OOC: Hi there, I am making this post because I have determined by the time Ruthenish becomes a working language, it will have cluttered up so much of Ruthund's factbook, the thread will be less accesible to people looking for more general and non-linguistic information for Ruthund. I will keep my language posts in my factbook for the time being, but they will eventually migrate as I develop this thread. I also wanted to make a fresh thread, because I wanted to retrace my steps in making Ruthenish so I have a more methodical layout for the language thereby making it easier in its further development. Making a language to the point where it can actually be spoken is a lot of work, and its especially a lot of work since I'm basing it off an extinct language that we still don't have a complete understanding about. So a special workspace I feel is appropiate. Thank you ^ ^
Introduction to Ruthenish
Ruthenish is a language found in Europe. It is spoken by about 60 million speakers region-wide, primarily in Ruthund, where it is the national language. It is the liturgical language of the Zdardrin Grand Temple, alongside Classical Ruthenish. As a language from the East Germanic branch, Ruthenish considered quite different from the currently existing Germanic languages. It is generally accepted by scholars that Ruthenish is the sole surviving East Germanic language.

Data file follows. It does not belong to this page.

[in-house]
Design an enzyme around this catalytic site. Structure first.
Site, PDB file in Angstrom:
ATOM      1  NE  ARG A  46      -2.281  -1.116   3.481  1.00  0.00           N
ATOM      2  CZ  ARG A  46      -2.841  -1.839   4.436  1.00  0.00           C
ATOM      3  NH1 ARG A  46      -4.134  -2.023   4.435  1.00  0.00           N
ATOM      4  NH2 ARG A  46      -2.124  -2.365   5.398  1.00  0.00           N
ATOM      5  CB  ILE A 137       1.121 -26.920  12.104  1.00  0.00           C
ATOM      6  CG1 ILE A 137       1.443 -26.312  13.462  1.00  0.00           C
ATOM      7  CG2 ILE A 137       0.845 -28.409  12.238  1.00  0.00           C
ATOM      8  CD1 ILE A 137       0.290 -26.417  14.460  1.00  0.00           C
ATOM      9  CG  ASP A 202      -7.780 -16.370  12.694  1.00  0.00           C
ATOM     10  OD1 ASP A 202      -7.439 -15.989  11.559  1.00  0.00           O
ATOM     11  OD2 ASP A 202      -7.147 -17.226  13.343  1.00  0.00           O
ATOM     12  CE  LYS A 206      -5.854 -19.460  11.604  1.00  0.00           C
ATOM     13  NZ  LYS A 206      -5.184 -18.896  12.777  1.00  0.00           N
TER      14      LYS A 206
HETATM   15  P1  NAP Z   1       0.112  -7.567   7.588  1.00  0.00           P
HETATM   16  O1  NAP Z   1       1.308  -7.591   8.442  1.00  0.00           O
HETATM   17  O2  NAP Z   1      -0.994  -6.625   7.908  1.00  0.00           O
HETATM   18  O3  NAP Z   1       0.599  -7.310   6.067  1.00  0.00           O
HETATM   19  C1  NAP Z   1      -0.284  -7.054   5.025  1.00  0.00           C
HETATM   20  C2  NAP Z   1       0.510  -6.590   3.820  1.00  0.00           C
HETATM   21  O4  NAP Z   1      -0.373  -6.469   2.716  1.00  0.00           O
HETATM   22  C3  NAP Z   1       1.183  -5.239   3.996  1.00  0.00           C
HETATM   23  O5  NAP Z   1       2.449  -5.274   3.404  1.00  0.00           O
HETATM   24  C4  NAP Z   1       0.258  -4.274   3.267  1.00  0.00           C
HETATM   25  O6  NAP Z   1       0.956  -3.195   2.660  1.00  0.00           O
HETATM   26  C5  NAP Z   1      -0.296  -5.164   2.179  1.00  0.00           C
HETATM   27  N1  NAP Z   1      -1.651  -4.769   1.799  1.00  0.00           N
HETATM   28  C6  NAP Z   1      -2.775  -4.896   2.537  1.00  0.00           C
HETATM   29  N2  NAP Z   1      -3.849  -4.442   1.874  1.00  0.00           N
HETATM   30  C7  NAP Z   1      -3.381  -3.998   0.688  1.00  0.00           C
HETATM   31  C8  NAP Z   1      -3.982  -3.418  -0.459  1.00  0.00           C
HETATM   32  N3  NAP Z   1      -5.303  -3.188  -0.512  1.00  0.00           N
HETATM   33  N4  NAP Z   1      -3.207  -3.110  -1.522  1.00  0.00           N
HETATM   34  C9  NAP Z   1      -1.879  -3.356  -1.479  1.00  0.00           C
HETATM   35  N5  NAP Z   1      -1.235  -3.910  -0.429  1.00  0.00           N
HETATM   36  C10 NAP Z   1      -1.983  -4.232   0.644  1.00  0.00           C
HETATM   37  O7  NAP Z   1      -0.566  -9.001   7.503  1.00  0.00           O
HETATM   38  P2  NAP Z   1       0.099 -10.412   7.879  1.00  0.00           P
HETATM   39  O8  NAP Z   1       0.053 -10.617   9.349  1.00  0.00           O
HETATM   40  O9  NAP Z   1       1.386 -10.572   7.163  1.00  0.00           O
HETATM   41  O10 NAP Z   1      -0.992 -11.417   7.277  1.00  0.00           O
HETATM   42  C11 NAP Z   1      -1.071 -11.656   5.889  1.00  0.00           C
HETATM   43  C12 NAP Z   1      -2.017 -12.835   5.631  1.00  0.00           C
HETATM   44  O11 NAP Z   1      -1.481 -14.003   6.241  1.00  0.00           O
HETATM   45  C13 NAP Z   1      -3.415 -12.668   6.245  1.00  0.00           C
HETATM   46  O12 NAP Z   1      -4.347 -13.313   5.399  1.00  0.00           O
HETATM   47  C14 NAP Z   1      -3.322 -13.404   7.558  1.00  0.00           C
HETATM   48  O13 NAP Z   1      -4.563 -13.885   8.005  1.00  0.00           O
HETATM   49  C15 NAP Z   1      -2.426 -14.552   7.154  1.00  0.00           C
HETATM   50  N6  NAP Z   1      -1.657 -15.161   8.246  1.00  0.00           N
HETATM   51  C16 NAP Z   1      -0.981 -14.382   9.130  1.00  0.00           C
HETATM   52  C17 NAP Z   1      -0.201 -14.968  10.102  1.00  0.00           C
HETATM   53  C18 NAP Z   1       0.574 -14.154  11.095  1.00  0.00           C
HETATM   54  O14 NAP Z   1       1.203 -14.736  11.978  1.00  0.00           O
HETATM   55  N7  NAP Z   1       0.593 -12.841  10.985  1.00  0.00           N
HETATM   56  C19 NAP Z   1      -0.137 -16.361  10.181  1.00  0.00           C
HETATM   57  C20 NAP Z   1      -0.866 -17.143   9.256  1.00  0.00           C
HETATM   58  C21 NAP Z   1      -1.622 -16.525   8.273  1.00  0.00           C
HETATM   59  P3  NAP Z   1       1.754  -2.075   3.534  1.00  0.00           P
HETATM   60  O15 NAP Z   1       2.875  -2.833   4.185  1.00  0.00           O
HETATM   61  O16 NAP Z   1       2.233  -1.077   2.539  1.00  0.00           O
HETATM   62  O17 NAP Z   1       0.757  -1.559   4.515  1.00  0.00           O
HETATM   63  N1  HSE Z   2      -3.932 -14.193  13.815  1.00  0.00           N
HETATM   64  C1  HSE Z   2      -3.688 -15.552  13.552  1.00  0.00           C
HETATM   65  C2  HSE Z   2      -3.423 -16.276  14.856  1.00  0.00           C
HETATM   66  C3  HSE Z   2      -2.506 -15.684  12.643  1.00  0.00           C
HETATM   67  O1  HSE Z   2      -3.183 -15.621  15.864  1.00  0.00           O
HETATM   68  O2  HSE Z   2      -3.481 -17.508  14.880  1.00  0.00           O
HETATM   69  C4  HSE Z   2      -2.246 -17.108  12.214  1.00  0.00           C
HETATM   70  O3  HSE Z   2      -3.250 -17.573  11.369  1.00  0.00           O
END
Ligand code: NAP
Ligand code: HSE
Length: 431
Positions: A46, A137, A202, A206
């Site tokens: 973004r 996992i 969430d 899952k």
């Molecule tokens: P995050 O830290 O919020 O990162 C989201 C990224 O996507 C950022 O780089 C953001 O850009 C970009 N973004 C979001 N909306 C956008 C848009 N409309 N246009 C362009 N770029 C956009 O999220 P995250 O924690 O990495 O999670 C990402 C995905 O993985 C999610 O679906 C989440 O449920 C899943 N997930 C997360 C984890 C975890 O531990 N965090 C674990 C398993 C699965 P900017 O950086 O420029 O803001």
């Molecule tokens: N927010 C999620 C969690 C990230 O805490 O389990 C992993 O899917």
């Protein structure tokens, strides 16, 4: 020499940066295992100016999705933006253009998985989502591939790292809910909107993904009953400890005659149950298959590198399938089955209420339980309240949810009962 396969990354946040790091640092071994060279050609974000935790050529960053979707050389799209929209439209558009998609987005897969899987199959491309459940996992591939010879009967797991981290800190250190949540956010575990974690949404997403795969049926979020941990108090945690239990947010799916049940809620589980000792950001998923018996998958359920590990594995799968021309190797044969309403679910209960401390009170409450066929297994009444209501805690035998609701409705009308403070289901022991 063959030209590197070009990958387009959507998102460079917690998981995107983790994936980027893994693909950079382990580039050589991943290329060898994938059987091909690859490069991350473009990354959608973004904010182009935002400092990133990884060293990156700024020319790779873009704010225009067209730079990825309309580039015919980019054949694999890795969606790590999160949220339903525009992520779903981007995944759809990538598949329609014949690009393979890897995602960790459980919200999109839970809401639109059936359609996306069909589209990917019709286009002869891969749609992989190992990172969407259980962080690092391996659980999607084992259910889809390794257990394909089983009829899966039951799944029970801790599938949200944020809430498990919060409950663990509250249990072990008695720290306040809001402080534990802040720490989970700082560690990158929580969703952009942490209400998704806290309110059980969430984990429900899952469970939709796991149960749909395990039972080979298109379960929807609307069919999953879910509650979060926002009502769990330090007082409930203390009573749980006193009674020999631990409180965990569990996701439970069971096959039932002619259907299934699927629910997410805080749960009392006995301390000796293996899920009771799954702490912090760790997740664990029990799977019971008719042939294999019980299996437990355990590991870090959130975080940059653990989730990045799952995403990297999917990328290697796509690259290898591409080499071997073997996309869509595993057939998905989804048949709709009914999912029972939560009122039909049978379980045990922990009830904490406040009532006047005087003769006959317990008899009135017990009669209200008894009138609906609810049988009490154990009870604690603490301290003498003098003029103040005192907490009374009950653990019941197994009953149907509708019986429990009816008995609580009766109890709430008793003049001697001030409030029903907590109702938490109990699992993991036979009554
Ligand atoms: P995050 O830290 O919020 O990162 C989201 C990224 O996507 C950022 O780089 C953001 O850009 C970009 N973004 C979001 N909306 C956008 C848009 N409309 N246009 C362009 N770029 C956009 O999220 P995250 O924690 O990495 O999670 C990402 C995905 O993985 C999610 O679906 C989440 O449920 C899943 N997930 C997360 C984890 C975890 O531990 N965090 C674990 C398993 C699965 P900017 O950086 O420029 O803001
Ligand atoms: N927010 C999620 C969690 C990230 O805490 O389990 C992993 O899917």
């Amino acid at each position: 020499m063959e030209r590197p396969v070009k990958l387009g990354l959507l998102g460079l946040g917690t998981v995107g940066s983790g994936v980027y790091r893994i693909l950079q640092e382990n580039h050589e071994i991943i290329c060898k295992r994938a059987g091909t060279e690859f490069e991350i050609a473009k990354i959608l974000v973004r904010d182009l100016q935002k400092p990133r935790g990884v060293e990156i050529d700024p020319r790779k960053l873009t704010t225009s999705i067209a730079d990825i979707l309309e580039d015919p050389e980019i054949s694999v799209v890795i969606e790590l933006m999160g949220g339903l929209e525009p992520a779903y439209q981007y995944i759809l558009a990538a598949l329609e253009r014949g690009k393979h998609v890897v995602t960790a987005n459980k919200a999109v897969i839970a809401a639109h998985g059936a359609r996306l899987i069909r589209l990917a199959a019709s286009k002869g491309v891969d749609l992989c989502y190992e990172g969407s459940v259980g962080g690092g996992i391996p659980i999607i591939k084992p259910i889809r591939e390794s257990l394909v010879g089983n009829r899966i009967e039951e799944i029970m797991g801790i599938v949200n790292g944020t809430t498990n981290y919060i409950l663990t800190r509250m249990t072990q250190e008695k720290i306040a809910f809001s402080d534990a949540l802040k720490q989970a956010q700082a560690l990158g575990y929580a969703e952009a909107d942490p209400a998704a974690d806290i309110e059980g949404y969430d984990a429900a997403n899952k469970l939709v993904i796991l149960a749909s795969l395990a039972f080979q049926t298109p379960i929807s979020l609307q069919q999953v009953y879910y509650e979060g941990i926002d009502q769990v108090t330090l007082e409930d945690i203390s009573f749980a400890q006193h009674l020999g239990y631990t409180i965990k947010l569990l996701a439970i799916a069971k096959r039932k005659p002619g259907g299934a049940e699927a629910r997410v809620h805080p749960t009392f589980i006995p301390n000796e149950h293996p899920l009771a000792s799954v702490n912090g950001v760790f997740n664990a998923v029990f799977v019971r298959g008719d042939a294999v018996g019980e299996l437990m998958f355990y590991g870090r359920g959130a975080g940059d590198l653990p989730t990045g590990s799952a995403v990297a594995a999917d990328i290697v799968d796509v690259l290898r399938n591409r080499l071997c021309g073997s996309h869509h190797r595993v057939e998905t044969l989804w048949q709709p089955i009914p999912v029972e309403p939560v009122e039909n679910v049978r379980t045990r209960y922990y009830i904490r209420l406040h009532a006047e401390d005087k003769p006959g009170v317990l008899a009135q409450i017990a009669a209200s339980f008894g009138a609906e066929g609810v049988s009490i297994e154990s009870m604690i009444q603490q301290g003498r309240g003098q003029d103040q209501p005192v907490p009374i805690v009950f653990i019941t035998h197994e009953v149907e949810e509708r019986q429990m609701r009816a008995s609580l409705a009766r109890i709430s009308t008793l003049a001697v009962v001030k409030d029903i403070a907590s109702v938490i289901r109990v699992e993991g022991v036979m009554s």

Evidence of the Ruthenish did not appear until the late 4th century CE, in modern-day north Czech-Slavia and south Strathae. The inscriptions found in the area show that Ruthenish was largely intelligible with Gothic. Proto-Ruthenic, emerging by the early 6th CE in modern-day Gallorum and later found in modern-day Ruthund, had a notable amount of Greek influence on some grammatical structures as well as vocabulary. However, limited writing in Proto-Ruthenic exists. Classical Ruthenish emerged by the 10th century CE and largely resembles the modern day language. Zdardrin scripture is primarily written in Classical Ruthenish, with the largest pieces of the religious texts being written circa 12th century CE. The religious texts of Ruthenish remained a literary standard as well as the language of the Ruthenish Court until the 18th century, when more vernacular version became more accepted. Modern Ruthenish emerged in the late 16th century, following the Great Ruthenish Vowel Shift. Following the end of the Old Regime in 1994, the amount of foreign loanwords have increased, most notably from English and German, though the language still remains largely conservative.